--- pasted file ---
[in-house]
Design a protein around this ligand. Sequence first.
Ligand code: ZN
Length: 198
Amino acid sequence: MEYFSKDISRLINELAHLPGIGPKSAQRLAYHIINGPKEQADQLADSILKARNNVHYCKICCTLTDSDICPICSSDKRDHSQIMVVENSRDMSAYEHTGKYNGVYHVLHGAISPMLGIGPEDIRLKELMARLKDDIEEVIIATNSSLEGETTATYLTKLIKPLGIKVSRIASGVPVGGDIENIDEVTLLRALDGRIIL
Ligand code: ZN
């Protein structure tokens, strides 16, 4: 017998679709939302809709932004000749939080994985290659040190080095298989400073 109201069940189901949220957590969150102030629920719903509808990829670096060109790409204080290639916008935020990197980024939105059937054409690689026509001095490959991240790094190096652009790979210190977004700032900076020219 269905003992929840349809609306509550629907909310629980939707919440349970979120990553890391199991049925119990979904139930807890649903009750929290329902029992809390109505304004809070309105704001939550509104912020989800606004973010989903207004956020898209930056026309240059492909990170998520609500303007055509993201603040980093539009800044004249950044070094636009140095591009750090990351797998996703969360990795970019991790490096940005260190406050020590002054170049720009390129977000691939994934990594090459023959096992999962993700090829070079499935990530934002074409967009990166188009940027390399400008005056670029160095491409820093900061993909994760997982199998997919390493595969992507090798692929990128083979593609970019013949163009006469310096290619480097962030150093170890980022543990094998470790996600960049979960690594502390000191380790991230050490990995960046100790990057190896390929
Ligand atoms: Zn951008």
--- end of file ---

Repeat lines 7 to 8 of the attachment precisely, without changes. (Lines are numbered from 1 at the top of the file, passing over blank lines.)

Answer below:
């Protein structure tokens, strides 16, 4: 017998679709939302809709932004000749939080994985290659040190080095298989400073 109201069940189901949220957590969150102030629920719903509808990829670096060109790409204080290639916008935020990197980024939105059937054409690689026509001095490959991240790094190096652009790979210190977004700032900076020219 269905003992929840349809609306509550629907909310629980939707919440349970979120990553890391199991049925119990979904139930807890649903009750929290329902029992809390109505304004809070309105704001939550509104912020989800606004973010989903207004956020898209930056026309240059492909990170998520609500303007055509993201603040980093539009800044004249950044070094636009140095591009750090990351797998996703969360990795970019991790490096940005260190406050020590002054170049720009390129977000691939994934990594090459023959096992999962993700090829070079499935990530934002074409967009990166188009940027390399400008005056670029160095491409820093900061993909994760997982199998997919390493595969992507090798692929990128083979593609970019013949163009006469310096290619480097962030150093170890980022543990094998470790996600960049979960690594502390000191380790991230050490990995960046100790990057190896390929
Ligand atoms: Zn951008």